Why Performance in Authoritarian Korea?
THIS EVENT IS ARCHIVED
Date: 5 December 2014Time: 5:00 PM
Finishes: 5 December 2014Time: 6:30 PM
Venue: Brunei Gallery Room: B111
Type of Event: Seminar
Note: Internal event not open to external attendees.
During the tumultuous years from 1966 to 1976 when the Korean state under President Park Chung-hee shifted into outright dictatorship, South Korean citizens found themselves grappling with an increasingly authoritarian regime whose claims to power depended on the perpetuation of various dualisms. Two were particularly important: group loyalty versus personal interest and uniform, grand histories versus aberrant streams of identification. Countless intellectuals responded to the crisis, but artists with a serious commitment to performance offered especially visceral ways of emphasizing the specificity of the individual. Focusing on the works of Lee Kun-yong, arguably the first artist in South Korea to consciously and systematically create performance art, this presentation makes a case for the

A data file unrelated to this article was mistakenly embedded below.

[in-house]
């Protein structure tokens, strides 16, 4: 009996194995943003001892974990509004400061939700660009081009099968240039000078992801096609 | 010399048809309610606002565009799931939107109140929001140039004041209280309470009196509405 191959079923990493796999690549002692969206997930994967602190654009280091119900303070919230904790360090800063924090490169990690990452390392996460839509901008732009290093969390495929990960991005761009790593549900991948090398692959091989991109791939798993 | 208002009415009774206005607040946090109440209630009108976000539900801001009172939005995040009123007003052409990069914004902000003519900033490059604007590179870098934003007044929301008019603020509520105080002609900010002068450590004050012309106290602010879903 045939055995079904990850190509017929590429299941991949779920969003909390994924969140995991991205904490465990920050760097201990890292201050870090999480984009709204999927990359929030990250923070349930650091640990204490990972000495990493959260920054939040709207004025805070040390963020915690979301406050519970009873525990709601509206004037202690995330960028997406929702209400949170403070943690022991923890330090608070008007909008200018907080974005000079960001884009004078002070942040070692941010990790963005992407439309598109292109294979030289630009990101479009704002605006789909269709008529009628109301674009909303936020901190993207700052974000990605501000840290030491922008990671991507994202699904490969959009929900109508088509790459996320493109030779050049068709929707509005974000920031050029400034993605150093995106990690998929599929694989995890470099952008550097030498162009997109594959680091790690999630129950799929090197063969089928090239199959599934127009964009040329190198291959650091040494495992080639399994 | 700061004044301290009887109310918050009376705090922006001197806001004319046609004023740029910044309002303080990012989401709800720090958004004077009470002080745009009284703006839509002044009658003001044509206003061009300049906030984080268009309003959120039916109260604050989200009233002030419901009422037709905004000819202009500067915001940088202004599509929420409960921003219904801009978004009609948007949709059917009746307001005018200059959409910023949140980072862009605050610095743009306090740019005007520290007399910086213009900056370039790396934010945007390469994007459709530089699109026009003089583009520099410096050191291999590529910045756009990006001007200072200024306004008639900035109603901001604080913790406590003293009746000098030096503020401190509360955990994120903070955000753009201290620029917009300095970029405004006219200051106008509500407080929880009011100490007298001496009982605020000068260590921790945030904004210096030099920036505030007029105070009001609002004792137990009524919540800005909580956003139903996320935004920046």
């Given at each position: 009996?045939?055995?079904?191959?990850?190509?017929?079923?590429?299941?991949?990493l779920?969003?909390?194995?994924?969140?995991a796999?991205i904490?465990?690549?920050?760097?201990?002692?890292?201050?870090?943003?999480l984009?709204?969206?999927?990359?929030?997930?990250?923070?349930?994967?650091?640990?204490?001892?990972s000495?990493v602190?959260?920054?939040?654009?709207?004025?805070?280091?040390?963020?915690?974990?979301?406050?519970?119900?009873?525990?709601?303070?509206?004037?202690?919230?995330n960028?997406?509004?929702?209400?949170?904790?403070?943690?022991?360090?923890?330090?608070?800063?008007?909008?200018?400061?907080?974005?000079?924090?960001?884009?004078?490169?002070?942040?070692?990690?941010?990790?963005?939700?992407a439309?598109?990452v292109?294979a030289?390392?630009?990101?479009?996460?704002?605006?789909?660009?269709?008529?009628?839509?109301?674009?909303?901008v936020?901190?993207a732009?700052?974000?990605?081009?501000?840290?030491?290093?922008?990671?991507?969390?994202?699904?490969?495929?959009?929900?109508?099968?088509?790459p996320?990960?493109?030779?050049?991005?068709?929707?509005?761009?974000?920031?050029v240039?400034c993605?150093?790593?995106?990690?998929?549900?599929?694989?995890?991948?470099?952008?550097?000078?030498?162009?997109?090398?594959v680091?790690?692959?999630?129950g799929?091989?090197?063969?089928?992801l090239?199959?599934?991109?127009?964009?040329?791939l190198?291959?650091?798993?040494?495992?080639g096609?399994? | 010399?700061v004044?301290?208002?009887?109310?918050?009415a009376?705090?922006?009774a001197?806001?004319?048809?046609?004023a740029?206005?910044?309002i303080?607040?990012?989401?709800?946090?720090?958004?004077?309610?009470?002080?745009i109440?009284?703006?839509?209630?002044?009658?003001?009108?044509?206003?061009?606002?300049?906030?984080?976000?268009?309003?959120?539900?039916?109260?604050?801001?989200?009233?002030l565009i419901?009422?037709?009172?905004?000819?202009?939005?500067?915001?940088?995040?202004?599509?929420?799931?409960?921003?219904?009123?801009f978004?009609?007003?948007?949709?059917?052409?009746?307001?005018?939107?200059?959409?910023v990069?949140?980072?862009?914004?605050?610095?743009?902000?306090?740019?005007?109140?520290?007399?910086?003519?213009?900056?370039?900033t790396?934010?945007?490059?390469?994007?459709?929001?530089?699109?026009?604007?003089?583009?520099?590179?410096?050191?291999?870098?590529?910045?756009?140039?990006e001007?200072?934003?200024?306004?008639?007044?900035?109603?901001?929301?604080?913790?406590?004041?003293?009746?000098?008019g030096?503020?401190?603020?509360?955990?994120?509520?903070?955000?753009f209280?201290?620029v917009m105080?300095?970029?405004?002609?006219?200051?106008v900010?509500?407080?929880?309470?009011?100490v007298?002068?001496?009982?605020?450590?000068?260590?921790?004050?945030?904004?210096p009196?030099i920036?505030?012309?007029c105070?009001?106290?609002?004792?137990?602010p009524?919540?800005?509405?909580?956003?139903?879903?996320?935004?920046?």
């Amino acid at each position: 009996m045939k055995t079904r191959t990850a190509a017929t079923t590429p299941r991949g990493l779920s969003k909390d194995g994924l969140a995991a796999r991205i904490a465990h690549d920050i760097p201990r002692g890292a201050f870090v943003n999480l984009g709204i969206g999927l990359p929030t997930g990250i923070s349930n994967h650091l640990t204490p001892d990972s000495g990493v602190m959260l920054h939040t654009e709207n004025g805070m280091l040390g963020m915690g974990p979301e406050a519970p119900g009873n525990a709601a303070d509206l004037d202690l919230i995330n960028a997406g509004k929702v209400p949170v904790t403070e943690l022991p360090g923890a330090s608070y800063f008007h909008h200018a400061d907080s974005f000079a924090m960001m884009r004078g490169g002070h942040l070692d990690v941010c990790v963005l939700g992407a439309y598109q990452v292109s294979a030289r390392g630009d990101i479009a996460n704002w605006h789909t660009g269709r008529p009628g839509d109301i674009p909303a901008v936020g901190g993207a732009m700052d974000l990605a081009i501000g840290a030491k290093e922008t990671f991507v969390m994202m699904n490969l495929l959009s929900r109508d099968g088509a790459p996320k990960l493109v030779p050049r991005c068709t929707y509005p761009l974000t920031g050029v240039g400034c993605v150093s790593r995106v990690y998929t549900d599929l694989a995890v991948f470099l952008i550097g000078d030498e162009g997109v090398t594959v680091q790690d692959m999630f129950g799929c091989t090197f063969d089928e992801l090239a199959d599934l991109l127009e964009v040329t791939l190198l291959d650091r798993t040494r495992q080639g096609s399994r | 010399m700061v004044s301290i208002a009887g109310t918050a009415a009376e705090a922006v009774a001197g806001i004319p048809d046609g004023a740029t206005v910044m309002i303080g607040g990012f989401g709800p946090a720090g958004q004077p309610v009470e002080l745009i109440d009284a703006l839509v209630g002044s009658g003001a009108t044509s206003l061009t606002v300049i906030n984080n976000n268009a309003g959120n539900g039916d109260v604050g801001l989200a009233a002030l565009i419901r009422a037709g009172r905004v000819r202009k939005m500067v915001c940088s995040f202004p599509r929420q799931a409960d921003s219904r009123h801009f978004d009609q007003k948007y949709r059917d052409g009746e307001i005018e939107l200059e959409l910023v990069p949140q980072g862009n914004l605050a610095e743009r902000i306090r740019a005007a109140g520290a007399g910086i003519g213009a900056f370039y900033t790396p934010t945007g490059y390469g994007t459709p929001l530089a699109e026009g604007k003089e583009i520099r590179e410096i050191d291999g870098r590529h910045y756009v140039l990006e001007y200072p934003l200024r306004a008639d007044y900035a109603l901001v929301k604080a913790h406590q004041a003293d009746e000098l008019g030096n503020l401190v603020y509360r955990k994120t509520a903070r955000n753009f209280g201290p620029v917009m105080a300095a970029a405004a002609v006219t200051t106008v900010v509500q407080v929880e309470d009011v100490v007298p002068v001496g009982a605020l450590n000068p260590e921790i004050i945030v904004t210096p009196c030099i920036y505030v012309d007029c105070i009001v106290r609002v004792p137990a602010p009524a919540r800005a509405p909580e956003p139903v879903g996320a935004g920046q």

centrality of performance to what might be described as art’s social consciousness in the face of authoritarian repression.
Joan Kee is Associate Professor in the History of Art at the University of Michigan in Ann Arbor. A specialist in modern and contemporary East and Southeast Asian art, she was previously affiliated with the International Center for Advanced Study at New York University, the University of Hong Kong and the National University of Singapore. Her writings have appeared in Artforum, Art Bulletin, Art History, Oxford Art Journal, Third Text, and the Journal for Law, Culture and the Humanities. Her
book, Contemporary Korean Art: Tansaekhwa and the Urgency of Method, was published by the University of Minnesota Press in 2013.